Today’s Cubs Birthdays (December 25)
~Manny Trillo 1950 (Cubs 1975-1978, 1986-1988)
Trillo was a prospect acquired from Oakland in the trade that sent Billy Williams to the A’s, and immediately became the team’s starting second baseman. He had a few very good years for the Cubs, finishing third in the Rookie of the Year voting in 1975, and making the all-star team in 1977, but the Cubs sent him to the Phillies after the 1978 season in a blockbuster trade. It turned out to be a bad deal for the Cubs. The players they acquired (Jerry Martin, Barry Foote, Ted Sizemore) didn’t do much for Chicago, while Trillo went on to be a three-time Gold Glover, three-time all-star, two-time Silver Slugger, and the NLCS MVP for the Phillies. Manny returned to the Cubs towards the end of his career, but by then he was a part-timer. (Photo: Topps 1976 Baseball Card)
~Chris Krug 1939 (Cubs 1965-1966)
Krug split the catching job with Vic Roznovsky in 1965, and the pair were probably the worst catcher tandem in all of baseball. Krug hit .201. The Cubs went out and got Randy Hundley from the Giants the following season, and Krug stayed on the team during Hundley’s rookie season. He later also played for Padres.
~Greek George 1912 (Cubs 1941)
His real first name was Charles, but the Greek-American was called Greek his whole career. The backup catcher played one season for the Cubs in 1941. He also played for the Indians, Dodgers, and Athletics in his big league career.
~Tarrik Brock 1973 (Cubs 2000)
Brock broke camp with the Cubs in 2000 and remained with the big league club until the end of April. He only saw limited action in the outfield, getting two hits in 12 at bats. The speedy outfielder also stole a base. It was his only stint in the big leagues after a 13-year minor league career. Nevertheless, he remains the all-time greatest Tarrik to ever play for the Cubs.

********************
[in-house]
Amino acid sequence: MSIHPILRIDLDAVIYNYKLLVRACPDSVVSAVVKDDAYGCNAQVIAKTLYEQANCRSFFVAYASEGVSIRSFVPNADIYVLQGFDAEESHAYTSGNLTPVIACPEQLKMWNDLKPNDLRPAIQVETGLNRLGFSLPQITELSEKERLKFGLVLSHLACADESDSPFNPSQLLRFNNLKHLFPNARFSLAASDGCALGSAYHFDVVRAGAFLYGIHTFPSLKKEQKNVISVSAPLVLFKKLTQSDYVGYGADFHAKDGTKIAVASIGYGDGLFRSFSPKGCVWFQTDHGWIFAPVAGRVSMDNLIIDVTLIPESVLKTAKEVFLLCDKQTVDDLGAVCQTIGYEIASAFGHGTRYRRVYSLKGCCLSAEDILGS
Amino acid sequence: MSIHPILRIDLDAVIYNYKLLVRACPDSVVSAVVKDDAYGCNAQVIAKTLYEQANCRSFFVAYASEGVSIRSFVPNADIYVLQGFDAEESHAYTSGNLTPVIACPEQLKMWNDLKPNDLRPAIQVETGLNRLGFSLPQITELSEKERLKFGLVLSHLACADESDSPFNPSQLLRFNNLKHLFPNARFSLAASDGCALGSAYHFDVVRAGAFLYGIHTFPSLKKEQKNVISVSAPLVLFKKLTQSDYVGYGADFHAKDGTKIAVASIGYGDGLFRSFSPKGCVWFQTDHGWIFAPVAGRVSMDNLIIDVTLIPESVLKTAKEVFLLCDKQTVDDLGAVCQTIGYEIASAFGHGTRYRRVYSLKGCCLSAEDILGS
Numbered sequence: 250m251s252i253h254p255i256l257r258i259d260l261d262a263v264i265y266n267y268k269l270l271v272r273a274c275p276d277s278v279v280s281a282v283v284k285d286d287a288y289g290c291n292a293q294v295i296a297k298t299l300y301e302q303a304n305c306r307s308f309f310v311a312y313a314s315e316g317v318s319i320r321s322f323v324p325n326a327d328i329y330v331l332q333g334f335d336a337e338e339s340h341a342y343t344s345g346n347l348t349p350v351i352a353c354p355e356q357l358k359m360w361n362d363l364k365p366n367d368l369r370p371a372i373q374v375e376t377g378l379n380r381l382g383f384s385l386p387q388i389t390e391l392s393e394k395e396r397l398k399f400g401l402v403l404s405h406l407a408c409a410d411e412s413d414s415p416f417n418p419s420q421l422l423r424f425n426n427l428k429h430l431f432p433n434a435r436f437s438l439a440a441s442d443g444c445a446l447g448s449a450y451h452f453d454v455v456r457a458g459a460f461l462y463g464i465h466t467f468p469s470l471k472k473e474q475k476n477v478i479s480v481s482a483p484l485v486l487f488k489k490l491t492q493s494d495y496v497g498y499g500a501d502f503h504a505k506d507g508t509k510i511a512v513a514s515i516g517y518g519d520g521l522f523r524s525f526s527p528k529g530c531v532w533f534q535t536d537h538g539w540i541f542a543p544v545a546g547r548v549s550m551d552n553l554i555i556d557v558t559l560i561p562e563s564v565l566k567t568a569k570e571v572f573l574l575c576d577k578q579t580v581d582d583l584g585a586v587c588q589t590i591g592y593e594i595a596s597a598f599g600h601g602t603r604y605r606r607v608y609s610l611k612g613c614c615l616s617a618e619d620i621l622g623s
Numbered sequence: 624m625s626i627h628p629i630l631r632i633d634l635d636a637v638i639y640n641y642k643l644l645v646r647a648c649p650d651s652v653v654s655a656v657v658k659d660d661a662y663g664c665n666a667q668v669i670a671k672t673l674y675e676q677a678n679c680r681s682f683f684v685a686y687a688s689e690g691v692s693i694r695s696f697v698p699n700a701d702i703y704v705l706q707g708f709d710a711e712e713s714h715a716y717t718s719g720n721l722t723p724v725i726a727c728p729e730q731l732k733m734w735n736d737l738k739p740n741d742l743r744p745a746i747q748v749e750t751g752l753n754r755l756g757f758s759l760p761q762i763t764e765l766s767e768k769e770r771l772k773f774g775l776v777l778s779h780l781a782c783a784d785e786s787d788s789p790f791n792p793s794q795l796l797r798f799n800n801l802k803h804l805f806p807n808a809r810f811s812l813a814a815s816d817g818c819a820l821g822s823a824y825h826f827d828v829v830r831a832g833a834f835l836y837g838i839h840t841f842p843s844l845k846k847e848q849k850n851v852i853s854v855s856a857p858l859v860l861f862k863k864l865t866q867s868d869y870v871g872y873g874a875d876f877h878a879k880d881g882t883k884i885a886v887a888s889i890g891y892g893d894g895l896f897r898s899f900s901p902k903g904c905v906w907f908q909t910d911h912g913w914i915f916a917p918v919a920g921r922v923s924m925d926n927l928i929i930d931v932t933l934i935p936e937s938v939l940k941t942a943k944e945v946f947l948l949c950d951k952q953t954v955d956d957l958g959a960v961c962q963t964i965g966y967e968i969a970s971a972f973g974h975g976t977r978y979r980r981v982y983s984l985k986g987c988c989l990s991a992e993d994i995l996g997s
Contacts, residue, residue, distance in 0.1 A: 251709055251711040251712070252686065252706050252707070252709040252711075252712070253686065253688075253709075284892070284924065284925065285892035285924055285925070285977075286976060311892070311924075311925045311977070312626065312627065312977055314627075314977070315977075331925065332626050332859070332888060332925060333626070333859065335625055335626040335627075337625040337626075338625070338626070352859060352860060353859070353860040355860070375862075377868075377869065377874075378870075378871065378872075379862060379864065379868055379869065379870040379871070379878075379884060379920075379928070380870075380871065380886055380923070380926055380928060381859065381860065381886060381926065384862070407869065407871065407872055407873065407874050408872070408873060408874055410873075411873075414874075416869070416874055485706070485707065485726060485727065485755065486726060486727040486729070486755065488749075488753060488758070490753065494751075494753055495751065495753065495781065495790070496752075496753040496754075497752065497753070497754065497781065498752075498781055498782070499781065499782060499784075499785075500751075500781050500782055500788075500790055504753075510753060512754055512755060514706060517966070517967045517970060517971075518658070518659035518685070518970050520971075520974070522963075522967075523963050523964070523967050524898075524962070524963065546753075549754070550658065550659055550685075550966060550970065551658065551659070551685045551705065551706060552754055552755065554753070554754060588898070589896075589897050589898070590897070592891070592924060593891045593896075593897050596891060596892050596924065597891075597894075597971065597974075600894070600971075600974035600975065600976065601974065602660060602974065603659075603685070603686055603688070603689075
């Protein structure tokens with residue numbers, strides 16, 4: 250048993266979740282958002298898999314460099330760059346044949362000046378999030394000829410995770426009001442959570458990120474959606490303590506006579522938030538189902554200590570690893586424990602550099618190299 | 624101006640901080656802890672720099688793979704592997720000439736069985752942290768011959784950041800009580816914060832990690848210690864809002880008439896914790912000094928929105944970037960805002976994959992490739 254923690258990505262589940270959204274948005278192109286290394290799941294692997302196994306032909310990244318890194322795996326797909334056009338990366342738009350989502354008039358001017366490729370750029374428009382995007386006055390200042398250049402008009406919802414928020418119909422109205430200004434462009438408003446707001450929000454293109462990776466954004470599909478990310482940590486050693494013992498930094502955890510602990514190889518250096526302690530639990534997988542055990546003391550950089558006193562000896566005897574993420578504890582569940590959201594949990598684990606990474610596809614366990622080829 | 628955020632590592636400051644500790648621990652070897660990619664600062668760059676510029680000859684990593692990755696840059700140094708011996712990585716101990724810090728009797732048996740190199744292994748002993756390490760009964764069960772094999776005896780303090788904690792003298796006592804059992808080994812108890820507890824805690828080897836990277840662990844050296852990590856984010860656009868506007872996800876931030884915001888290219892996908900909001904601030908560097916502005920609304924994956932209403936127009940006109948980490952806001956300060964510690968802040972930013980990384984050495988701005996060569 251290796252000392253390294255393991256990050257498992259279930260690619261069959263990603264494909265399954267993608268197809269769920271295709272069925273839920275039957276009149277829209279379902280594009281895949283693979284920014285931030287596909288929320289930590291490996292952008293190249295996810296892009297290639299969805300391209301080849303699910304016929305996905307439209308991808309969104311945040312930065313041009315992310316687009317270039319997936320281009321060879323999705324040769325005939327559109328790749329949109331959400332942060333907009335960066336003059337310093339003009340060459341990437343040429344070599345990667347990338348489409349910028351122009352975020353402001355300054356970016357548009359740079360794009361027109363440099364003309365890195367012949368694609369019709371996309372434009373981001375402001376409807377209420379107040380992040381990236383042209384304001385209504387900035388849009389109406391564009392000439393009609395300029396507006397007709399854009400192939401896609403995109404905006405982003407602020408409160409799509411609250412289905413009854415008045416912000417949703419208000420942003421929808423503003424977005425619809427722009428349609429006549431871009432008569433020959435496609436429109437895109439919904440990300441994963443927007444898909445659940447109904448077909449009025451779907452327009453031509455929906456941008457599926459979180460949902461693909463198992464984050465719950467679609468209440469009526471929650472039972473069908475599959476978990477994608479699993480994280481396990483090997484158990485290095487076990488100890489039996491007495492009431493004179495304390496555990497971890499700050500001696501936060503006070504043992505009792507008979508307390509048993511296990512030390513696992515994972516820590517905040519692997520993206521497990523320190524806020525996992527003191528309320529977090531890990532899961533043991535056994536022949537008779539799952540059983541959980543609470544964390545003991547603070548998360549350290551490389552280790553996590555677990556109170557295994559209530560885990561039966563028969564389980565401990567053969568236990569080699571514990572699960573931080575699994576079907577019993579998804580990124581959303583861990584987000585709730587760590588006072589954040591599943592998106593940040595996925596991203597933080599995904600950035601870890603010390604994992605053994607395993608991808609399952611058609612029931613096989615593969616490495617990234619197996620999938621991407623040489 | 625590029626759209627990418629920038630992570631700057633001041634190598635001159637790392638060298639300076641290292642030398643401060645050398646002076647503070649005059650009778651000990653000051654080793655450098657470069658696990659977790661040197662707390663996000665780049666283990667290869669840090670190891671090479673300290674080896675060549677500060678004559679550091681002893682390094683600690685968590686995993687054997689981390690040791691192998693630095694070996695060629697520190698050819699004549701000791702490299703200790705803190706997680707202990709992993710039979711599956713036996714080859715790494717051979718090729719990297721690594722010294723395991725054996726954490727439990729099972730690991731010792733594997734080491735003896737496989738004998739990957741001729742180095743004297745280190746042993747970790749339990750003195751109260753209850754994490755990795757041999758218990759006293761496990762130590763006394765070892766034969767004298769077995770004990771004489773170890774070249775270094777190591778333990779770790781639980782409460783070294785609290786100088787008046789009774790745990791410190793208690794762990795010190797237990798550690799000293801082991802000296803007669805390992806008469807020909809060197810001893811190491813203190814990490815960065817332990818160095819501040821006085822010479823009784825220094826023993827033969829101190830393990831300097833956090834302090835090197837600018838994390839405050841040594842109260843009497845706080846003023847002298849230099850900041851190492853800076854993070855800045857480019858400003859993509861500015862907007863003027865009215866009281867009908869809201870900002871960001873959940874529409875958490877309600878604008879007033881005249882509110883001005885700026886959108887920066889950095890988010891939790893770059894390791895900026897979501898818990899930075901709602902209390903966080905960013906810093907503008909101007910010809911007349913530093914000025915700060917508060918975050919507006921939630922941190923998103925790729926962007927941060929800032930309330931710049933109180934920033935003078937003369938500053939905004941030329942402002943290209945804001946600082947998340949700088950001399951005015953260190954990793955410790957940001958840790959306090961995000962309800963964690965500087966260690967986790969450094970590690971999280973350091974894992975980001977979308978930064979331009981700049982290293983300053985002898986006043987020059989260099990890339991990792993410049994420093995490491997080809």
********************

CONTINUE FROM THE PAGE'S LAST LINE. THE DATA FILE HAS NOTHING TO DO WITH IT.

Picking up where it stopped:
~Scott Bullett 1968 (Cubs 1995-1996)
Bullett was a reserve outfielder for the Cubs for two-seasons. He served mainly as a backup to Luis Gonzalez and Brian McRae, but he appeared in over 100 games two years in a row. It was his last taste of the big leagues. He had previously played for the Pittsburgh Pirates.
~Dick Manville 1926 (Cubs 1952)
The tall righthanded reliever appeared in 11 games for the 1952 Cubs–the best Cubs team of the decade (which isn’t saying much). He had a rough go of it, however, posting an ERA of nearly 8. He never made it back to the big league again. On the other hand, the Harvard AND Yale man had a fairly good education to fall back on.
~Allen Elliott 1897 (Cubs 1923-1924)
The first baseman was called Ace by his teammates. He backed up the oft-injured Ray Grimes, and got quite a bit of playing time (especially in 1923) as a result. His stint with the Cubs was his only taste of the big leagues.
~Herb Hunter 1895 (Cubs 1916-1917)
The young infielder only got into a handful of games with the Cubs during the first two seasons they played at what is now known as Wrigley Field. He never got a hit in a Cubs uniform. He also played for the Giants, Red Sox, and Cardinals.
~Jim Doyle 1881 (Cubs 1911)
Doyle was the starting third baseman for the Cubs the year after they appeared in the 1910 World Series (versus the Philadelphia A’s). He hit .282, knocked in 62 runs, and stole 19 bases. His future looked bright, but in February of 1912, he had horrible pain in his stomach. Before he could make it to the hospital, his appendix burst, killing him at the age of 30.
~Barry McCormick 1874 (Colts/Orphans 1895-1901)
Barry was a very valuable player for the Cubs (then known as the Colts, and then the Orphans). He was a middle infielder, but he started nearly the same number of games at second base, third base, and shortstop in his six years with Chicago. He jumped to the upstart American League for the last few years of his career, performing the same role for the St. Louis Browns and the Washington Senators.
A Christmas Song for Cubs fans, written and performed by Tom LaTourrette.
It’s called “1908”